WINTHROP — The state’s highest court heard arguments Wednesday on whether Maine’s longstanding ban on Sunday hunting violates the state Constitution.

A Readfield couple, Virginia and Joel Parker, filed a lawsuit against state Department of Inland Fisheries and Wildlife Commissioner Judy Camuso last year, claiming the 140-year-old Sunday hunting ban violates the “right to food” amendment to the Maine Constitution voters approved in 2021.

The couple’s lawsuit, which was dismissed by a Superior Court justice, was appealed to the state Supreme Court, which took up the matter Wednesday at Winthrop High School as part of an educational program in which court sessions are held at different high schools across the state.

“Voters passed a novel amendment to the Maine Constitution which protects and secures the natural, inherent and unalienable right to food,” attorney Pamela Lee, representing the Parkers, told the seven justices of the Supreme Court who were sitting as the Maine Law Court, a reference to the justices in their appellate capacity as interpreter of the laws. “The Superior Court erred in dismissing the Parkers’ claims. Because under a straightforward reading of this new constitutional amendment, Maine’s statutory ban on Sunday hunting is unconstitutional as applied to those who hunt for food. The right to food amendment … protects the right to hunt for food. The text of this amendment is not ambiguous.”

Lee said the amendment’s use of the term “harvest” — which she said is commonly understood to apply to hunting — means the amendment specifically protects the right to hunt for food. She said the amendment has certain exemptions that allow the state to regulate some aspects of how people obtain food, but banning Sunday hunting is not one of them.

Paul Suitter, an assistant attorney general, countered that “harvest” is ambiguous, does not specifically refer to hunting as a means to obtain food and is mostly used to refer to agriculture. Initial references to hunting in the amendment were removed, he said, and replaced with the more general harvesting. He also said state officials were clear, when the new amendment was adopted into law, that it would not invalidate any existing state hunting or fishing laws, which also ban night hunting, limit the number of animals hunters can kill and restrict hunting to specific seasons. He said the state is allowed to regulate when and how wild animals are hunted.


“The wildlife of Maine is not owned by any individual person in the state, it is the property of the people of Maine,” Suitter said. “We the people get to determine how our property may be hunted, and we do that through our Legislature. Taking the people’s property, against our directions, constitutes poaching, and that provides an alternative reason why this complaint cannot survive.”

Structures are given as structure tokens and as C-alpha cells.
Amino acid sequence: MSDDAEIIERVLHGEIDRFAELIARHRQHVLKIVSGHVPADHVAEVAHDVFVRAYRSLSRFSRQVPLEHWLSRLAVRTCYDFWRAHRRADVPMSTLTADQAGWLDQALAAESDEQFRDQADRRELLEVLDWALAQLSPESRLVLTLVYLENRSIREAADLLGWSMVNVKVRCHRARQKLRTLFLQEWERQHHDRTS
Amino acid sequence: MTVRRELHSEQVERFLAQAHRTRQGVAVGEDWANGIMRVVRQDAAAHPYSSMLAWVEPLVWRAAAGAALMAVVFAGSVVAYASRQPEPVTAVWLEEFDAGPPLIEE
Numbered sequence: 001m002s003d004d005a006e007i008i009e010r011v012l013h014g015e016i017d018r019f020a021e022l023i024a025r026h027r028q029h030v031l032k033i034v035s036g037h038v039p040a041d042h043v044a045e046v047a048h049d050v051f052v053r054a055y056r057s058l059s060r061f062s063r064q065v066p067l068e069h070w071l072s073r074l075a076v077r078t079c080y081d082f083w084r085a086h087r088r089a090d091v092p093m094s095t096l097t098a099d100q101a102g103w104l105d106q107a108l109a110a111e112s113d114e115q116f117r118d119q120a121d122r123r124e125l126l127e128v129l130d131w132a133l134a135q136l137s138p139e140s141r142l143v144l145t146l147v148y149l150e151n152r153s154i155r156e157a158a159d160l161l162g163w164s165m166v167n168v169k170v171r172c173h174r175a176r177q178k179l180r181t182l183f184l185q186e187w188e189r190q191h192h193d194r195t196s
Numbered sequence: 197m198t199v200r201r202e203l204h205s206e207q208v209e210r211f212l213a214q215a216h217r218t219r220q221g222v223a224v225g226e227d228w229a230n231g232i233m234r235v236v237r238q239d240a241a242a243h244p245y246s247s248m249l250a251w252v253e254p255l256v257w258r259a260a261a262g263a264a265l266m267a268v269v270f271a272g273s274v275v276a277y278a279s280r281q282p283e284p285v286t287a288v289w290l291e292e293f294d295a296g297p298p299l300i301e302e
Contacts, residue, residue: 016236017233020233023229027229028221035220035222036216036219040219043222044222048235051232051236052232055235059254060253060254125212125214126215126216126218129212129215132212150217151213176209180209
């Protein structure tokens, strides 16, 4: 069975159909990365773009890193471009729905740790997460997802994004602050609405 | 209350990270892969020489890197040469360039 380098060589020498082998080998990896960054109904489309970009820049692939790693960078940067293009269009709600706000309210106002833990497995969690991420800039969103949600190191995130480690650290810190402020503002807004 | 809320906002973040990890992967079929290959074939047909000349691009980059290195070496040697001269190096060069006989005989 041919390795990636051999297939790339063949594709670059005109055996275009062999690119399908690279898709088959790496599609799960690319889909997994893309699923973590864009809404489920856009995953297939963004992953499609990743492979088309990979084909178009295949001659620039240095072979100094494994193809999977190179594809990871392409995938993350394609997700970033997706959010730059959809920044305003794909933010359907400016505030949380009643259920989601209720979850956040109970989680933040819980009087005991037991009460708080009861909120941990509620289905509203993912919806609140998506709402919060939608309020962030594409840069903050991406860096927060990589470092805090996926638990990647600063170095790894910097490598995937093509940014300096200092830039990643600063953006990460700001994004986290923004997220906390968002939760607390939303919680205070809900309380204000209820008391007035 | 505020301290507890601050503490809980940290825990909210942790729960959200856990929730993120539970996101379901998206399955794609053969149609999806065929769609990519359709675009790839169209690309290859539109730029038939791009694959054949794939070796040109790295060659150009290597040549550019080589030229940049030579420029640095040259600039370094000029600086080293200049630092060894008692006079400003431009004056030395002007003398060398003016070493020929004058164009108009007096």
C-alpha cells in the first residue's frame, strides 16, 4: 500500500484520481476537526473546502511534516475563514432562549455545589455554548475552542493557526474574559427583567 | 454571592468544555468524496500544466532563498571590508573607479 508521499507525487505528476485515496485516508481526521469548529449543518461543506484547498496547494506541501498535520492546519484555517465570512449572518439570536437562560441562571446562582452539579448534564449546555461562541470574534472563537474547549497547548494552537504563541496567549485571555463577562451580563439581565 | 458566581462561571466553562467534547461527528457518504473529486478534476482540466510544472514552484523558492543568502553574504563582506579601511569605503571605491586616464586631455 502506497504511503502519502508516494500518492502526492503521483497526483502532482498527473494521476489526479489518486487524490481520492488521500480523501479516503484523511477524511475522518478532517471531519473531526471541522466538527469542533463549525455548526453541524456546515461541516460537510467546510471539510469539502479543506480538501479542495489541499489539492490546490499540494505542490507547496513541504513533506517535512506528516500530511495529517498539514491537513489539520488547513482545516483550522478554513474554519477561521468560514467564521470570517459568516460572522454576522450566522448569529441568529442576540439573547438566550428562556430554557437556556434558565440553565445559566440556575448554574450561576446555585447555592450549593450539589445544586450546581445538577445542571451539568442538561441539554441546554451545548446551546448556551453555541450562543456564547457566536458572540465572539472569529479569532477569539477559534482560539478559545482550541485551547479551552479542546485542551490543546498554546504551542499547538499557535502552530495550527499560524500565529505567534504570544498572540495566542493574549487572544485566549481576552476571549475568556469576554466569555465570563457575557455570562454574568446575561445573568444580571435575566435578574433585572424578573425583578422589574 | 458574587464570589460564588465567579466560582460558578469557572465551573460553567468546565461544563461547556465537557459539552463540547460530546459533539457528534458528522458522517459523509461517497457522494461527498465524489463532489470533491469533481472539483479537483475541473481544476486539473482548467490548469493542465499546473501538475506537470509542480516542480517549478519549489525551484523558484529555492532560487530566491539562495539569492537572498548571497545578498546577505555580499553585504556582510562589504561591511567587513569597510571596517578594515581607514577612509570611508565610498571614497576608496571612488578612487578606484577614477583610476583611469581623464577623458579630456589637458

Some justices, including Waterville’s Justice Joseph Jabar, questioned Lee on why a Sunday hunting ban would be unconstitutional while the ban on night hunting, and restrictions implicit in the dates of designated hunting seasons, are not.

Lee responded that the ban on night hunting would withstand a constitutionality test because it is related to protecting the public safety, and seasonal limits are part of natural resource protection efforts. She said the ban on Sunday hunting, meanwhile, is too broad and arbitrary to pass constitutional muster since passage of the right to food amendment.

Opponents of the amendment in 2021 expressed concerns that its language was vague and could prompt lawsuits related to food production. Legal scholars said it was almost guaranteed to be challenged in court, while Gov. Janet Mills’ administration did not support or oppose the amendment and said its impact on existing laws was unclear.

Before the arguments started, Chief Justice Valerie Stanfill, whose chambers are in Augusta, told Winthrop High School students the justices decide cases as a group. Tuesday, the court held sessions at Greely High School in Cumberland and, Thursday, it planned to go to Skowhegan Area High School.

The justices do not decide appeals during oral arguments such as the ones held Wednesday. They hear from the attorneys from both sides, ask questions and will issue a decision later in a written opinion.

Maine and Massachusetts are the only states that ban hunting on Sunday. The practice was banned in Maine in 1883. Maine, also, was the first state in the nation to pass a right to food amendment.

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